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Brave Nude World: Why Naked City is a triumph of thoughtful curation

Naked City made it clear: jazz is the sound of the summer

  • Words: Seb Wheeler | Photography: Gavin Mills Photography
  • 10 October 2019

Dembow, ambient and the Great British rain – who knew these would be the ingredients for the sexiest 30 minutes of the summer? We’re at Naked City, a new South London all-dayer from the Krankbrother lads, and DJ Python is rolling out his signature deep reggaeton at The Bunker, a wooden DJ booth in a clearing at the top of the small but verdant festival site. Waists wind and grind to an intoxicating brew of seductive kicks and gorgeous synth tones as arms reach up to embrace the weather.

Read this next: Nicholas Daley: The man dressing London's growing jazz scene

This kind of brave curation epitomises the vibe at Beckenham Place Park, a manor house in London’s outer boroughs that’s doing a good job of allowing niche music into its rooms and grounds across the summer months. Fred P as Black Jazz Consortium summons the kind of lush deep house rarely heard on UK floors, let alone at peak time at a festival; Neneh Cherry’s headline set is all nuance and detail, rewarding the audience’s attentive listening; Ndagga Rhythm Force fire up head-spinning rhythms that, at 3.30PM, act like touchpaper for the rest of the festival; and Alexander Nut somehow crams a marathon set into 60 minutes, traversing gqom, acid, dubstep, UK and soulful jams with silky dexterity. It’s great to see this stuff in the spotlight, rather than relegated to a warm-up set or side room: a welcome antidote to homogenous big-room house and techno line-ups.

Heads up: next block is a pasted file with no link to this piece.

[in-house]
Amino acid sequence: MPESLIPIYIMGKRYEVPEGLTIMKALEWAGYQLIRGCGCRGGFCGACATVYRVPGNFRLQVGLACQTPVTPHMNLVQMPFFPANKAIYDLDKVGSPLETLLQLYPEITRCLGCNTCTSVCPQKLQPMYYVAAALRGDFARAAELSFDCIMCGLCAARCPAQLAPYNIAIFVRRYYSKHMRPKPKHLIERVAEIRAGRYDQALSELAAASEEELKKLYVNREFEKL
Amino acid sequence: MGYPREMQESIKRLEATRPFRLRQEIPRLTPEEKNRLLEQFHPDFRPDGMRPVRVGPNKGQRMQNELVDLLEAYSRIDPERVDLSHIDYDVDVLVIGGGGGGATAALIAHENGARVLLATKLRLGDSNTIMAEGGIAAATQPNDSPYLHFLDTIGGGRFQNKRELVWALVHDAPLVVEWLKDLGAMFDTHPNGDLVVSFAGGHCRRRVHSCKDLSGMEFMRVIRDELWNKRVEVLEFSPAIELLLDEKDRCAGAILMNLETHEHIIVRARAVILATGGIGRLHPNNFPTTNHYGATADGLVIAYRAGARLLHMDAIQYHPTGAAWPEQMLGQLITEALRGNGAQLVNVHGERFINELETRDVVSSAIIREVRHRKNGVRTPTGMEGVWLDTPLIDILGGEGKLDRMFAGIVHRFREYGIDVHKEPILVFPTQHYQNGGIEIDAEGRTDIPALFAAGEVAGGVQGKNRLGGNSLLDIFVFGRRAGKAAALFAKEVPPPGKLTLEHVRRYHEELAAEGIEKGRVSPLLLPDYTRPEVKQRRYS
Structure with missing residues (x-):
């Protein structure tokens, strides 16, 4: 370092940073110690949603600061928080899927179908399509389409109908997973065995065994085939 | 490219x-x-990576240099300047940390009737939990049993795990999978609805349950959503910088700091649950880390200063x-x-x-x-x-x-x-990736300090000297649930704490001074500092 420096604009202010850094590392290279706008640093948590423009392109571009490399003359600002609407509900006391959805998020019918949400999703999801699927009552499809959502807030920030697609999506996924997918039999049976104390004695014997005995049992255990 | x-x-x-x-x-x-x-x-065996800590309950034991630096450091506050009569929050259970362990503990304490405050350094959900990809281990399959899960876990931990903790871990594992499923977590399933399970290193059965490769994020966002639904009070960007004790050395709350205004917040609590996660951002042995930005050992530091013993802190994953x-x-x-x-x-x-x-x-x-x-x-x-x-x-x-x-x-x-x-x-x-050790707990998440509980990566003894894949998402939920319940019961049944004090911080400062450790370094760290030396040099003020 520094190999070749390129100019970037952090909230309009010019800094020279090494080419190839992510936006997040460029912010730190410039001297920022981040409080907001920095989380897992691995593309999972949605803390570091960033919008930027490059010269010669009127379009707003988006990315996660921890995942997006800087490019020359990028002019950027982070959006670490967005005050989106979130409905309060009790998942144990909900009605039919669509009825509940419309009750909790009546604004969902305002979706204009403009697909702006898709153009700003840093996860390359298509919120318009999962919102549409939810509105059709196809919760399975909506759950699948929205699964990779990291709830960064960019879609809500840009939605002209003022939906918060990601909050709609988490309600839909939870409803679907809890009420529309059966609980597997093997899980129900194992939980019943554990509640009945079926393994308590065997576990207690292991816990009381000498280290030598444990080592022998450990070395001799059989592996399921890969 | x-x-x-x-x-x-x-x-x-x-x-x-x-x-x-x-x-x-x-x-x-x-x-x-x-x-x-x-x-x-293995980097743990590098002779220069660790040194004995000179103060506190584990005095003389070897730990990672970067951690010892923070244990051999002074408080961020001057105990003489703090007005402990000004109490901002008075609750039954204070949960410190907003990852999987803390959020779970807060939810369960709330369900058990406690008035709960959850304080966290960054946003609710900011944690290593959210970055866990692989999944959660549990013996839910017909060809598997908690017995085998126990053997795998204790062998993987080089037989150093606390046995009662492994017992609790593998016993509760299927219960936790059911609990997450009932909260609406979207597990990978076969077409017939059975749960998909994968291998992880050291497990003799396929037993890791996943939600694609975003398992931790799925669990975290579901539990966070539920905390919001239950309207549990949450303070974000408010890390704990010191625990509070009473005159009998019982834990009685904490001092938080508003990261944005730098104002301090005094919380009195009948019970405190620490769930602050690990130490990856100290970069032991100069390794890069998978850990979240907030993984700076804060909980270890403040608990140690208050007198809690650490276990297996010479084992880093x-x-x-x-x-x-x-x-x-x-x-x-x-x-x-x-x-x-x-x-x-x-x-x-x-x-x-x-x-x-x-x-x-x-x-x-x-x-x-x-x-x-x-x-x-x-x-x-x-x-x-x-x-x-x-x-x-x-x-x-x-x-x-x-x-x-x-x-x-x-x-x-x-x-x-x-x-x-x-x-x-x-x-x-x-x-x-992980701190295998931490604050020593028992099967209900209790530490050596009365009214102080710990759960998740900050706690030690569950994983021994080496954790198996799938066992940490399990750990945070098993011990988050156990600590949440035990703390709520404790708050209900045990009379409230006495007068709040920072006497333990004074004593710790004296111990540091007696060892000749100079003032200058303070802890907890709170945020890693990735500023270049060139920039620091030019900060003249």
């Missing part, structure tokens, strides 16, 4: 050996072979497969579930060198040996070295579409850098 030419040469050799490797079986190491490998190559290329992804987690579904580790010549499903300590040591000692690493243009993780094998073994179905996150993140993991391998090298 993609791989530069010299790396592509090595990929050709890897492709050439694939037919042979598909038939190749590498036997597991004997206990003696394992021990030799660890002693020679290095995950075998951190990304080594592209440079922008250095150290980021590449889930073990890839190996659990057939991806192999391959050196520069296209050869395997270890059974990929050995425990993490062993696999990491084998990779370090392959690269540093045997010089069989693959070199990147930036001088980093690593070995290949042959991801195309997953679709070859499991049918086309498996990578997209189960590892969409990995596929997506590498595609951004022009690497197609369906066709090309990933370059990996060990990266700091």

Of course, the other story at Naked City concerns the acts who represent the burgeoning UK jazz scene – Kamaal Williams, Moses Boyd Exodus, Nubiyan Twist, Ezra Collective – many hailing from this side of the river. Moses Boyd gives a passionate intro to ‘Rye Lane Shuffle’, giving props to the South London jazz scene and the waves being made by UK jazz musicians in general. It’s a poignant moment, before he and his band cap an uplifting set with their undoubted anthem. Given the emergence of Naked City, Maiden Voyage and We Out Here on the festival circuit in ’19, it’s clear jazz is the sound of the summer.

Read this next: Gilles Peterson's We Out Here is well on its way to becoming a fixture of the UK summer

The musicians themselves will keep this energy, but will promoters follow suit? Hopefully these major events and the platform they provide will continue to evolve alongside the music and micro-scenes. Londoners are used to cynical promoters and festivals that arrive to much fanfare and sink without trace, but after such a strong debut it would be great to see Krankbrother develop Naked City further. While there are teething problems – too few underprepared food trucks, long bar queues and a lack of pints (£5.50 for a small can of craft, come on) – the vibe is on point, a lively crowd swapping jokes, joints and knowing smiles. Most importantly, we’re all here for the music. There’s a reverence for live shows from the likes of Blue Lab Beats and Ata Kak and pure joy during the numerous DJ sets across the day, all delivered on crisp soundsystems.

But this ain’t a chin-stroke affair: Henry Wu redefines the festival party set by dropping jazz jams with rap acapellas from Lil Pump, Travis Scott and Cardi B, as well as a chopped ’n’ screwed version of the Shaft theme; Ezra Collective play an acoustic set on a semi-hidden stage that has the kind of intimacy clearly inspired by the influential Steam Down party, and LTJ Bukem drops a new bassline every 90 seconds during his closing slot. “Remember, no-one is watching you,” his MC announces. But this crowd never really needed an excuse to get loose.

Seb Wheeler is Mixmag's Head of Digital. Follow him on Twitter

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